Spot Delivery Sales are Often Illegal. But even when they’re not, you still have rights.
If you have credit problems in your past, then there is a chance you have been subject to a spot delivery auto sale scheme. Spot Delivery? What is spot delivery? A spot delivery is a certain type of car deal where the buyer enters into a tentative or conditional sales agreement to buy a specific vehicle on agreed upon terms, but subject to final approval by a third-party finance company.
Basically, here’s how they work:
- You find a car you like and negotiate the terms of purchase with the dealer.
- You sign a conditional sales agreement – the condition being that if the dealer cannot find financing for the transaction, the deal is off.
- The dealer sends your credit application to several finance companies, hoping one of them will buy it.
- If one of them accepts your contract, then the deal is final and you’re good.
- If none of them accept your contract, the dealer will do one of two things: either a) they’ll try to rewrite the contract on worse terms to get a lender to accept it (like, maybe they wouldn’t approve you at 18% but they’ll approve you at 22%), or b) the deal is cancelled.
- If the deal is cancelled, then the entire contract is void. You have to return the vehicle in good condition; they have to give you all your money back and give you your trade in (or the exact trade-in value) back. They cannot deduct from your down payment except for a reasonable charge for the miles you put on the vehicle. Which should never be more than a couple hundred bucks.
- If they try to rewrite your contract, you need to know why, and you need to be sure that the contract had an enforceable spot delivery clause. I recommend contacting an experienced consumer protection lawyer to review such a deal.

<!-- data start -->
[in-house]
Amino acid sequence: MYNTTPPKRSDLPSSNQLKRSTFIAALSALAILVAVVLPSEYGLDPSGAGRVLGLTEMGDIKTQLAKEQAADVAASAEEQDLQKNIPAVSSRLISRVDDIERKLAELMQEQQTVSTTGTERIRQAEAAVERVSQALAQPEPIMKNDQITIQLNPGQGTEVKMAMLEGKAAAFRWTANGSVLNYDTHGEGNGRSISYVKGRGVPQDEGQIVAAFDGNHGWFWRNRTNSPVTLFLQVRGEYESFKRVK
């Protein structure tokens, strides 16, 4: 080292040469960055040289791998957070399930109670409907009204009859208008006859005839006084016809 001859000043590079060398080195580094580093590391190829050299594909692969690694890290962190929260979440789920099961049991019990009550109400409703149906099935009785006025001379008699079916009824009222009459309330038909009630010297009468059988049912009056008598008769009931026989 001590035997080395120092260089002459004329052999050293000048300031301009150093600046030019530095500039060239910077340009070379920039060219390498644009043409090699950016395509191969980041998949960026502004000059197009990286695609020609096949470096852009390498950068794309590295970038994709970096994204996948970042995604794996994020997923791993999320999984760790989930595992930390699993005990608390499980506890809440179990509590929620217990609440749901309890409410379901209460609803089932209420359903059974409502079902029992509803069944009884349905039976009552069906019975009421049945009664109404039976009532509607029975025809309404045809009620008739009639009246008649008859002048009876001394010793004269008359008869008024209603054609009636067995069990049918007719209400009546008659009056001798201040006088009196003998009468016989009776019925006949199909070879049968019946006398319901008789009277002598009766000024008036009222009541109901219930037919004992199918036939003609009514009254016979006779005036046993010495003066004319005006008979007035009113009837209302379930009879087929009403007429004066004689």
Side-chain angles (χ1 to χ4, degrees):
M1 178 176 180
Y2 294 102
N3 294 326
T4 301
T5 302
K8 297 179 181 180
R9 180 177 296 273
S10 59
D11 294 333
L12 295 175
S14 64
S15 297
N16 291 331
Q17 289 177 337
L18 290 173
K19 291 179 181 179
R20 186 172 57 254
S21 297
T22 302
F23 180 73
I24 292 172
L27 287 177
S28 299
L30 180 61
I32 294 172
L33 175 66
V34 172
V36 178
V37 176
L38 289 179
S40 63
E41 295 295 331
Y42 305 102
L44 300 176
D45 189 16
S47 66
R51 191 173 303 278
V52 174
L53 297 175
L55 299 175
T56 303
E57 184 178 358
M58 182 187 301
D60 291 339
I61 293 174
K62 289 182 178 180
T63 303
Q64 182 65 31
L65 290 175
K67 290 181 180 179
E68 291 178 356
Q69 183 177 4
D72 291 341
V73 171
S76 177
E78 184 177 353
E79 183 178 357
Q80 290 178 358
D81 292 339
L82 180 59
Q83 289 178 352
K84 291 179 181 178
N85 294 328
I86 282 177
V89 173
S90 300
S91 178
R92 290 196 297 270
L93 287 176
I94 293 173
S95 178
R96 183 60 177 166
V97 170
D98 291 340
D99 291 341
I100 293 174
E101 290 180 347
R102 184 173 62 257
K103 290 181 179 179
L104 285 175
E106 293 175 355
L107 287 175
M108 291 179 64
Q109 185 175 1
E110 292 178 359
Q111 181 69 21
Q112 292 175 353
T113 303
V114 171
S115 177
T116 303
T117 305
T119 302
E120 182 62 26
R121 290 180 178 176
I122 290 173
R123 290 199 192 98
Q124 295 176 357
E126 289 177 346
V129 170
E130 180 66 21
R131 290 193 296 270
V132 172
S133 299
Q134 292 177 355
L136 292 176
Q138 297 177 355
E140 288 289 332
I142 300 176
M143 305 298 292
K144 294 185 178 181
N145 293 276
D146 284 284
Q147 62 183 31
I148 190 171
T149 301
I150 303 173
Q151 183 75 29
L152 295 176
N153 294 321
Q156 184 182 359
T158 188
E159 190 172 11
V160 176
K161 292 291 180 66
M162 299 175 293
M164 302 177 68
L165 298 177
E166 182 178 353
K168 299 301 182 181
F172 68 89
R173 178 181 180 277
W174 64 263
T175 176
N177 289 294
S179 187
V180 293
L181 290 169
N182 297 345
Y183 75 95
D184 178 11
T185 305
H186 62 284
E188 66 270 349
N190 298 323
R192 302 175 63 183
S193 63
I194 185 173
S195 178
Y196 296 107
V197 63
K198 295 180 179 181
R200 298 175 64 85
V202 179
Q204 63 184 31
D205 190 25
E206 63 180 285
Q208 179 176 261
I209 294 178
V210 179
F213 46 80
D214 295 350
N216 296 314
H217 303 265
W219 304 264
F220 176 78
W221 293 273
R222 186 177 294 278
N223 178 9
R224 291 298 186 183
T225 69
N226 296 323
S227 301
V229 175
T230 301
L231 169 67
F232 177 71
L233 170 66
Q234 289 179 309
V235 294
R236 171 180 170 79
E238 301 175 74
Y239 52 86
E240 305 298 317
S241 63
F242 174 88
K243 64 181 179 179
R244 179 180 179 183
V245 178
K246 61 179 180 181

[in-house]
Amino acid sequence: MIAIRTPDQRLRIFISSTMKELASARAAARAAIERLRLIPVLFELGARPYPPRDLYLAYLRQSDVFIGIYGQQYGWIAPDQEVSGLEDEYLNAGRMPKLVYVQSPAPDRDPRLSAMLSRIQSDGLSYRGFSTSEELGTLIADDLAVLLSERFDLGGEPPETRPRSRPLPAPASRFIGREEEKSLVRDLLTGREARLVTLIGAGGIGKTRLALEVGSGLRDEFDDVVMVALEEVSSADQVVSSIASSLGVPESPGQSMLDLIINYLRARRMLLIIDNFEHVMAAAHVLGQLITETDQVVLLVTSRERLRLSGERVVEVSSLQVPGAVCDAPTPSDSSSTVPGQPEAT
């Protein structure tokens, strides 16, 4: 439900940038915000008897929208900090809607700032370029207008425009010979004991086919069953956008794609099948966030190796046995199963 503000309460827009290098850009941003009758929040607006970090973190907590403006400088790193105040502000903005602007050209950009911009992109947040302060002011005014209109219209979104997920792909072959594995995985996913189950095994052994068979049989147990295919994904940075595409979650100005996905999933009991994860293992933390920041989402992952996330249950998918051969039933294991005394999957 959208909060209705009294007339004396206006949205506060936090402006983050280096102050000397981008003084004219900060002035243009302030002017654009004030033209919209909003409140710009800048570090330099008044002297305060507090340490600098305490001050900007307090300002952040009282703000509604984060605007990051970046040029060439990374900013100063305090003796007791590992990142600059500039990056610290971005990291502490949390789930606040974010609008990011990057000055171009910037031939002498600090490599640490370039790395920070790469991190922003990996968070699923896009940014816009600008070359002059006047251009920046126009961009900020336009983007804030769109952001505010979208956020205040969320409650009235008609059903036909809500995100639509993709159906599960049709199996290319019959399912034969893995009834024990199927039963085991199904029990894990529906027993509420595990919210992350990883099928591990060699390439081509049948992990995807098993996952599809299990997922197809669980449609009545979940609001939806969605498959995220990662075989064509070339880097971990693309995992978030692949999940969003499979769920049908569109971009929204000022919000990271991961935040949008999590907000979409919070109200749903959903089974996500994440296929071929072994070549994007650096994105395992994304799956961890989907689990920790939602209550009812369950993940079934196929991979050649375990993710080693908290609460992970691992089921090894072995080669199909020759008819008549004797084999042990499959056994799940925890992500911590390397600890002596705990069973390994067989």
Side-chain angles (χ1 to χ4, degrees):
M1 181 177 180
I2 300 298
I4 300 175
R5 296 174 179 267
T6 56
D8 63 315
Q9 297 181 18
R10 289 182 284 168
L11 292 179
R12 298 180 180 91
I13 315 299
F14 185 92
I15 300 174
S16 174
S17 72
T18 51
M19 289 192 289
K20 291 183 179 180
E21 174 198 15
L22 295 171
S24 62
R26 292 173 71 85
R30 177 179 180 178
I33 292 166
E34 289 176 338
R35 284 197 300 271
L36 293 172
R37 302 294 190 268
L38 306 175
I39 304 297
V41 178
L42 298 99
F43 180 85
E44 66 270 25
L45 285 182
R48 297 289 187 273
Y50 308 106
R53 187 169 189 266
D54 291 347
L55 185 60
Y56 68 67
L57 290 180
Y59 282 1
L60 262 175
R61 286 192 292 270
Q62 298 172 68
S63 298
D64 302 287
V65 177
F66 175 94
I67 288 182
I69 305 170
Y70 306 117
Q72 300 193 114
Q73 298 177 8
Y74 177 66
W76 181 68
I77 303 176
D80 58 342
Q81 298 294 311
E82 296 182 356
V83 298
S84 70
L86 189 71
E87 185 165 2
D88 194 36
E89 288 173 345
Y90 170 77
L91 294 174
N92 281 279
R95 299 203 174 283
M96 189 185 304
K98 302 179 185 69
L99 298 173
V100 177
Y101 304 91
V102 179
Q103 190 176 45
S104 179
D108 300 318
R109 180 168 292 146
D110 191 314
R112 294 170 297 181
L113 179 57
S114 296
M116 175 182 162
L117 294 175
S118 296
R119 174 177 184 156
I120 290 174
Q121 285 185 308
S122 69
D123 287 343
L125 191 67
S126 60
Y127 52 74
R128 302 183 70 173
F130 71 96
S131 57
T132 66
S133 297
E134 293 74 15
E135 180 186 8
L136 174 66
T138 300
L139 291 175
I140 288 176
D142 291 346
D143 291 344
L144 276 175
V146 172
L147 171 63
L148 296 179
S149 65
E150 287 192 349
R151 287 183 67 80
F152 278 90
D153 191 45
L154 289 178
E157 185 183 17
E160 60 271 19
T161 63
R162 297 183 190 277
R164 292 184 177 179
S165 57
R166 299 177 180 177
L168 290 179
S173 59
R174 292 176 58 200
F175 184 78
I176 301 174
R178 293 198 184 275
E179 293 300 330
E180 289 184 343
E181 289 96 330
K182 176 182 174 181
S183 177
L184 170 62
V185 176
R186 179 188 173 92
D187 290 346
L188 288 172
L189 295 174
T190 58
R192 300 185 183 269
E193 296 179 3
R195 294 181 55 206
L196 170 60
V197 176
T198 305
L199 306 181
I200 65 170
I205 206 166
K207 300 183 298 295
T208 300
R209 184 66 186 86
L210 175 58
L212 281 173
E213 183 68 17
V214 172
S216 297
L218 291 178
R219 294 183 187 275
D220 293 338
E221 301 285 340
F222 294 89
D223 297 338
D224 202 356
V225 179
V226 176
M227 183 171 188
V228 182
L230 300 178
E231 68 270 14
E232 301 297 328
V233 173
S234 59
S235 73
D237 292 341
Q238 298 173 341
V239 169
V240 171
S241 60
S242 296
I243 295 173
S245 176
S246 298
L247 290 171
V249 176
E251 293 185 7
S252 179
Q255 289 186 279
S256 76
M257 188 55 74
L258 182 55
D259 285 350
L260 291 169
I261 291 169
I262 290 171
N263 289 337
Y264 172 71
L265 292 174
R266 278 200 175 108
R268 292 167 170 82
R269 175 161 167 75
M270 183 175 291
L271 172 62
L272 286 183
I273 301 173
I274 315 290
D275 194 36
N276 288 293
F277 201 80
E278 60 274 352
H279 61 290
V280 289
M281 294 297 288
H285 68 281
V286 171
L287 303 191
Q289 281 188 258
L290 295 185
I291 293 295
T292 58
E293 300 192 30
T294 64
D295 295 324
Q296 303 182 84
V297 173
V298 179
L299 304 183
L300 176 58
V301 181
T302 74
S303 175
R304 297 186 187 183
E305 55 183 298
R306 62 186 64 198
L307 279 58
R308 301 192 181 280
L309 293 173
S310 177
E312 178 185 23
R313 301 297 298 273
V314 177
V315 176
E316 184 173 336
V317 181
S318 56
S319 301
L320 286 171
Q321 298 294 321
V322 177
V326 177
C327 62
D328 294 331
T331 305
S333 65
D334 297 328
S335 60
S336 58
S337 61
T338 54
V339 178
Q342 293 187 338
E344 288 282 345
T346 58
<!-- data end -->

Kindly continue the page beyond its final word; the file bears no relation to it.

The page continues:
Seems simple, right? Not really, and the more complex a deal is, the more opportunities there are for fraud. Particularly in car sales. So here are a few things to watch out for:
- EVERY FINANCE COMPANY AND DEALERSHIP WHO DENIES YOU CREDIT MUST PROVIDE YOU A WRITTEN NOTICE OF DENIAL WITHIN 30 DAYS OF RECEIVING YOUR APPLICATION. THE NOTICE MUST TELL YOU WHY YOU WERE DENIED. If you didn’t get a notice within 30 days of them receiving your application, they are violating the Equal Credit Opportunity Act, and you need to talk to a lawyer about that.
- Even if you applied for the loan in person, they still have to give you a written notice of their decision.
- If they don’t approve you FOR THE PRICE, FINANCE CHARGES, AND INTEREST RATE you requested, then it’s a counteroffer and they have to send you the notice telling you why they didn’t grant the credit you asked for. Unless you accept their counter. If you go with another lender, then they still have to tell you why.
- The Spot Delivery Agreement (it may be called a “bailment agreement”) should be clear and conspicuous and part of the sales contract. If it’s on a separate piece of paper, you should have an attorney review them.
- If they take the vehicle back, they have to give you your down payment and trade-in back. If they’ve sold your trade-in, make sure that they properly acquired title and that they give you a check for the full amount of the contract trade-in value.
- If they repossess the vehicle, they have to let you get your property out of the vehicle. They can’t keep your stuff.
- If they repossess the vehicle, they cannot hold you liable for any deficiency balance on the contract (because there was no contract, remember!).
It is possible for a Bailment Agreement/Spot Delivery sale to be done in a manner that is 100% legal. But they usually aren’t. If you think that something was done wrong, you need to talk to an attorney ASAP.